• Members of the panel were impressed by the enthusiasm of the team and the work that they were doing.  As a customer how could contact be made with the team?  It was confirmed that there was a single Assessment Direct number now available to make it easier for customers to make contact about any issue.
  • What were the main projects being undertaken at present, what were the priorities for the coming year and what actually dictates the work programme?  It was confirmed that the Service Plan launch would dictate what work was undertaken by the team.
  • Concerns were raised that the team appeared to be very laden down with ongoing work, and the question was asked whether there were enough resources to sustain the good work being undertaken.  Confirmation was given that when a project was started, officers in the relevant programme area would also engage in the work being undertaken.

 

Members thanked Tom and his team for their presentation.

22.

Voluntary and Community Sector Reviews pdf icon PDF 25 KB

Additional documents:

Minutes:

Tim Gollins, Strategic Commissioning Manager presented the submitted report which summarised the contract review process for the voluntary and community contracts held by Neighbourhoods and Adult Services.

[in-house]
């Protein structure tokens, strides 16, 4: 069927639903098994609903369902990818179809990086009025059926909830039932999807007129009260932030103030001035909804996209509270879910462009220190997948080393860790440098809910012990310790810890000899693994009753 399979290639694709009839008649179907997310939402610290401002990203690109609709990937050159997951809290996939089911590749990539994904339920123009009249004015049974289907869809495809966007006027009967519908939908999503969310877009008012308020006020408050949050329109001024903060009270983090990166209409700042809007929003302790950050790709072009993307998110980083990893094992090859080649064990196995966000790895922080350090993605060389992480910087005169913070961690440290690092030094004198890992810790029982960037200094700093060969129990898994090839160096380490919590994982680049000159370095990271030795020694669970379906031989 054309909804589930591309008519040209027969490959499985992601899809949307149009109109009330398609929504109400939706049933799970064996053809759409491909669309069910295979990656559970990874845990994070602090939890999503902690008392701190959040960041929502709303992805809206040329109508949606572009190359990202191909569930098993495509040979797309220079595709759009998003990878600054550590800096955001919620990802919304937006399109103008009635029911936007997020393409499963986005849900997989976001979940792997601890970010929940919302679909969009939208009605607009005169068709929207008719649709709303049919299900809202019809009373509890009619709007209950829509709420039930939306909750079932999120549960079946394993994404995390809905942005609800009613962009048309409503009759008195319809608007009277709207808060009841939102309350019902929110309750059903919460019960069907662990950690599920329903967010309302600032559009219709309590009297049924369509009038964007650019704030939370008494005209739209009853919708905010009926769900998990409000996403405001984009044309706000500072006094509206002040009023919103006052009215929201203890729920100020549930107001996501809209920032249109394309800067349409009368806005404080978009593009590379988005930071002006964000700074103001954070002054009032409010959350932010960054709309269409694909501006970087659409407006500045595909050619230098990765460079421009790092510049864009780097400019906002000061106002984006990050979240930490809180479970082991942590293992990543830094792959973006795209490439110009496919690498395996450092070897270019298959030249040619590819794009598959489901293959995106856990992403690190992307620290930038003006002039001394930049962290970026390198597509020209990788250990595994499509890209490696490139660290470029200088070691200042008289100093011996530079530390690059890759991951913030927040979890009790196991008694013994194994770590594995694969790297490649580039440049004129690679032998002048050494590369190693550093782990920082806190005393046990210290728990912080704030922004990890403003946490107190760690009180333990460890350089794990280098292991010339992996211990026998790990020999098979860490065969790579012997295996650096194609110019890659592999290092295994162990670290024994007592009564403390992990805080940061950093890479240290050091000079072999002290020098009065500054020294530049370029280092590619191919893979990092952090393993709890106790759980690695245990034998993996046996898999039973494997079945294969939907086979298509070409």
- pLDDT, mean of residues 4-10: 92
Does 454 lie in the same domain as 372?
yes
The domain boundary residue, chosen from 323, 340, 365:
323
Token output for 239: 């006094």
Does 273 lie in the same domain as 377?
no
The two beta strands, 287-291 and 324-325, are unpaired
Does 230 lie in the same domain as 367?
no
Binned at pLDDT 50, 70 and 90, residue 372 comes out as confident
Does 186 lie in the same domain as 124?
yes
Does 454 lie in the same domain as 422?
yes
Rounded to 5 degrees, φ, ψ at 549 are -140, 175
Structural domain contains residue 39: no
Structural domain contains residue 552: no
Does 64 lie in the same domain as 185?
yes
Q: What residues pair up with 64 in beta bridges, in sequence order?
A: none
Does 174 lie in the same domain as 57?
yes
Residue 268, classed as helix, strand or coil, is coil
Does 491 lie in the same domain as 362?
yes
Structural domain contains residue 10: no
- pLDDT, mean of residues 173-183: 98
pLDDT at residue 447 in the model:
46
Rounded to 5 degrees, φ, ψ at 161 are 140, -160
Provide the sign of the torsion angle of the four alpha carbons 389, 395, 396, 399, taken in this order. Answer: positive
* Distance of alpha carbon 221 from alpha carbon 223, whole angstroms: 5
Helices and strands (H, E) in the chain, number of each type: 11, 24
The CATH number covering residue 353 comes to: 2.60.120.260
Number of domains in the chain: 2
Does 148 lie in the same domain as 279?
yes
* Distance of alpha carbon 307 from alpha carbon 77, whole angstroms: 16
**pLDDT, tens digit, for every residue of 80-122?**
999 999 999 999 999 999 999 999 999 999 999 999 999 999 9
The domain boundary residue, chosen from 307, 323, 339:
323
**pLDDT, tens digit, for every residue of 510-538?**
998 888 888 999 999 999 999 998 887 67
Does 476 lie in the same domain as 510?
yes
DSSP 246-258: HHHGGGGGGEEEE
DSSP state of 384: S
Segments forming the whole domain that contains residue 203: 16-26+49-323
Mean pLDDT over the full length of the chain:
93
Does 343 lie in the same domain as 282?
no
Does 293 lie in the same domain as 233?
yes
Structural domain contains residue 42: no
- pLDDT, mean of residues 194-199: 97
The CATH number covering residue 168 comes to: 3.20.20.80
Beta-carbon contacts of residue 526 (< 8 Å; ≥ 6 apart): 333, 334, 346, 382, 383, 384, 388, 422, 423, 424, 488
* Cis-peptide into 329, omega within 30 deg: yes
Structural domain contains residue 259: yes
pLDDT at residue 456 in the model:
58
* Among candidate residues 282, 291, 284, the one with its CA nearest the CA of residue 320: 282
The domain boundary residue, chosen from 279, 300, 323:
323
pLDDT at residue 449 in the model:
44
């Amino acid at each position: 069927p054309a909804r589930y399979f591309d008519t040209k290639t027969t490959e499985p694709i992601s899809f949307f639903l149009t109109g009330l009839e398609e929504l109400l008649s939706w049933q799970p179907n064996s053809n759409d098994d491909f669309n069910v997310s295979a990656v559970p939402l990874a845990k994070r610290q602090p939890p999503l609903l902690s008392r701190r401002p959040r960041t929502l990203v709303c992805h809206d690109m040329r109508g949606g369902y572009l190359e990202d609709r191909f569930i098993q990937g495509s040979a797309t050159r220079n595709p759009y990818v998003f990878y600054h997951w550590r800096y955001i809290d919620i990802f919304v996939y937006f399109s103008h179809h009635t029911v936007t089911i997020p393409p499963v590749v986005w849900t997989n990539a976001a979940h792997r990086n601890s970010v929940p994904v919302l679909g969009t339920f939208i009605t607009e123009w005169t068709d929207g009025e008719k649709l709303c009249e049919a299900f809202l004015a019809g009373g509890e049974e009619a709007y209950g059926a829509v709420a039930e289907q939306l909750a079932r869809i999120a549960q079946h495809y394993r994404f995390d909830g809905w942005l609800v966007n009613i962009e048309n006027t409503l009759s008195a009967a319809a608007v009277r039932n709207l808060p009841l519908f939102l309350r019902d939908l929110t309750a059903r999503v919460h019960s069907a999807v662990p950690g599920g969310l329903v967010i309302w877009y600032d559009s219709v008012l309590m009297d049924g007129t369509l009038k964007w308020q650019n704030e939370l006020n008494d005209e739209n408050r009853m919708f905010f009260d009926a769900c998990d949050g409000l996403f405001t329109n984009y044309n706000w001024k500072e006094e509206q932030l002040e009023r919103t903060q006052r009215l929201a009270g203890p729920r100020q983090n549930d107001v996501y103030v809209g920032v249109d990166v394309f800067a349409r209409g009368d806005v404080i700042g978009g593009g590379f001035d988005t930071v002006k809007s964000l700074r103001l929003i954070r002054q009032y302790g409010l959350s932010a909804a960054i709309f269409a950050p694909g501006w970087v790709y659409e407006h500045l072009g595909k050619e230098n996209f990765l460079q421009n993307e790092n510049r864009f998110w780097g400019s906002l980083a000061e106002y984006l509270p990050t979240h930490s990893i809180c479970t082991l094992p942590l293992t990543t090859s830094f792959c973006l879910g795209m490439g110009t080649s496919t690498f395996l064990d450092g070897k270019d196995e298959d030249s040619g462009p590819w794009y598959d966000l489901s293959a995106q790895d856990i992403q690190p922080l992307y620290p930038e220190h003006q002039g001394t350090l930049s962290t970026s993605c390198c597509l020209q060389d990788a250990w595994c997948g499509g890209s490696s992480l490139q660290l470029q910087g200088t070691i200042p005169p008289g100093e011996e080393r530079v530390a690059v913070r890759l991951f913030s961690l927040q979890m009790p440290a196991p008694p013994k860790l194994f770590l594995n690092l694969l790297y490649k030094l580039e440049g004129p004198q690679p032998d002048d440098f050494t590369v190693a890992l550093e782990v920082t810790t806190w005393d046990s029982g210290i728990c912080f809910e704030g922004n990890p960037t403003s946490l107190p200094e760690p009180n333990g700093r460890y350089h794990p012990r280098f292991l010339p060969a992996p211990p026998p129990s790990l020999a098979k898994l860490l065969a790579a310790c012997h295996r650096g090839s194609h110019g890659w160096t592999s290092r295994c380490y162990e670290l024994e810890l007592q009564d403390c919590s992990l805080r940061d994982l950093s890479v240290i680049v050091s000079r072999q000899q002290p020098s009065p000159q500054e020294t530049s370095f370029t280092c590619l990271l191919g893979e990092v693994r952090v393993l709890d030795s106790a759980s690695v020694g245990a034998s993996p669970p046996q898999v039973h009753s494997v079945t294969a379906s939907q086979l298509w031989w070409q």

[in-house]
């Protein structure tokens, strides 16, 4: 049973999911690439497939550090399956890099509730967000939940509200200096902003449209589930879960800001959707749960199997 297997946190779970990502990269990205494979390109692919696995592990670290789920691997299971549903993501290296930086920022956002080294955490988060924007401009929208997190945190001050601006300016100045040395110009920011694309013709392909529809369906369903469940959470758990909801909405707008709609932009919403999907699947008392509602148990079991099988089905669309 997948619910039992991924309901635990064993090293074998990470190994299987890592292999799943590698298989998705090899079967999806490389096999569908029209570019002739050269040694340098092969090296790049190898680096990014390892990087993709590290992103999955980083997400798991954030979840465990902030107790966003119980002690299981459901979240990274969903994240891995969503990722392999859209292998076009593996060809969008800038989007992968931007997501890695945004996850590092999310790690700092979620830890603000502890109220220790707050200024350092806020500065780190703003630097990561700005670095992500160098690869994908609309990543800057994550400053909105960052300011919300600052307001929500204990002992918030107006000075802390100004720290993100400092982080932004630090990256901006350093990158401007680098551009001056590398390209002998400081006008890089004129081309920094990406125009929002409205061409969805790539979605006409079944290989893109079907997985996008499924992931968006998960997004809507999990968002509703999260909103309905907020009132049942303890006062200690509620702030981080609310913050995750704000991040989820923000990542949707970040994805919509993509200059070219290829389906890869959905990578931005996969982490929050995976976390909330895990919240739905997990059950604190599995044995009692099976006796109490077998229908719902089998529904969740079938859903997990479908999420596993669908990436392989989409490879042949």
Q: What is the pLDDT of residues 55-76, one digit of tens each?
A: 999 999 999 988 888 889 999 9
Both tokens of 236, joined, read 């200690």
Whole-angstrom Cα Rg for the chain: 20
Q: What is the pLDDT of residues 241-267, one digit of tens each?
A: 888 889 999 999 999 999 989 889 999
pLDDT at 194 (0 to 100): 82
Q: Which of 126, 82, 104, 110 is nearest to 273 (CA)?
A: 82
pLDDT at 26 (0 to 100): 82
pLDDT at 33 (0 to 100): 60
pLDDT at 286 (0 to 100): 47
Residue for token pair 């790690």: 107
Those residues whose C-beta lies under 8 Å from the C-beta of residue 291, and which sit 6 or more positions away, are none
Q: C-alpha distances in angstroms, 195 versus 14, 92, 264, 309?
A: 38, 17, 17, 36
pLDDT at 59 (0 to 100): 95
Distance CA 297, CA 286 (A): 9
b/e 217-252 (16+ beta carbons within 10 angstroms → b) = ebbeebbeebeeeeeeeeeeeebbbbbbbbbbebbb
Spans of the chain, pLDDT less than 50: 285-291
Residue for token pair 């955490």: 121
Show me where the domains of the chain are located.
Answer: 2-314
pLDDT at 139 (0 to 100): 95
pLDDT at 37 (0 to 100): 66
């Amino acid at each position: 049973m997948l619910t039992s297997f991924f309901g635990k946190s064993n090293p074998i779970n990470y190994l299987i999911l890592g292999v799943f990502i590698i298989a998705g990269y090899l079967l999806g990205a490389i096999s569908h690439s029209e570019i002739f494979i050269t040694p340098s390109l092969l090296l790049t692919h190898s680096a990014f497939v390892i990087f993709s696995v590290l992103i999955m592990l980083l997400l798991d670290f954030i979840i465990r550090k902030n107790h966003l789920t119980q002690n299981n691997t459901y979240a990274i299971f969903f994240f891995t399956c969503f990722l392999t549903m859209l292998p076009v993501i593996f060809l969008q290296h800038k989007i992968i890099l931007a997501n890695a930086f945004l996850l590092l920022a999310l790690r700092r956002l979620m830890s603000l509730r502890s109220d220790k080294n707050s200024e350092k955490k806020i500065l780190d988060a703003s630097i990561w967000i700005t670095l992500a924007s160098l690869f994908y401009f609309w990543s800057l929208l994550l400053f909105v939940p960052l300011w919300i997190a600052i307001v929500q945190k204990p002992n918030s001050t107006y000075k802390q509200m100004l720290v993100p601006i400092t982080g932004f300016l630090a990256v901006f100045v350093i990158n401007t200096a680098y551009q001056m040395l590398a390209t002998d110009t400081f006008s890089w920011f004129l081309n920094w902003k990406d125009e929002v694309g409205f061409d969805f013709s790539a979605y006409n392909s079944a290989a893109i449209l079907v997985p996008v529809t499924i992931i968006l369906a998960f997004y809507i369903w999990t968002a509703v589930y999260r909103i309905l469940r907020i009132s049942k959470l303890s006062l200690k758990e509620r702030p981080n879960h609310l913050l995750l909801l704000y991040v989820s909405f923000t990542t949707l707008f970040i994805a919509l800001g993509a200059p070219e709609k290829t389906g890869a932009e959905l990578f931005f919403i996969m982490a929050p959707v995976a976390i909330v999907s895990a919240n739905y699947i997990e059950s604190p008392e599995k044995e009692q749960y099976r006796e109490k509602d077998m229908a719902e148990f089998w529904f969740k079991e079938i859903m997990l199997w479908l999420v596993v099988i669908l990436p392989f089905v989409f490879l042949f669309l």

The services identified at Appendix 1 were all contracted on a block basis which meant that the council purchased the service on behalf of the customer who was there offered a place.  This mechanism for customers accessing services was not personalised and in some instances needed to be changed.  This was a recommendation made in the cases of Sense Supported Living, Age Concern Handyperson Service and Crossroads Sitting Contract.

 

A second set of contracts needed their service specifications tightening to be outcome led, after which a tendering exercise could deliver better value for money.  These were Age Concerns Advocacy, the Carers Forum, Alzheimer’s Support Group and RNIB Information Service.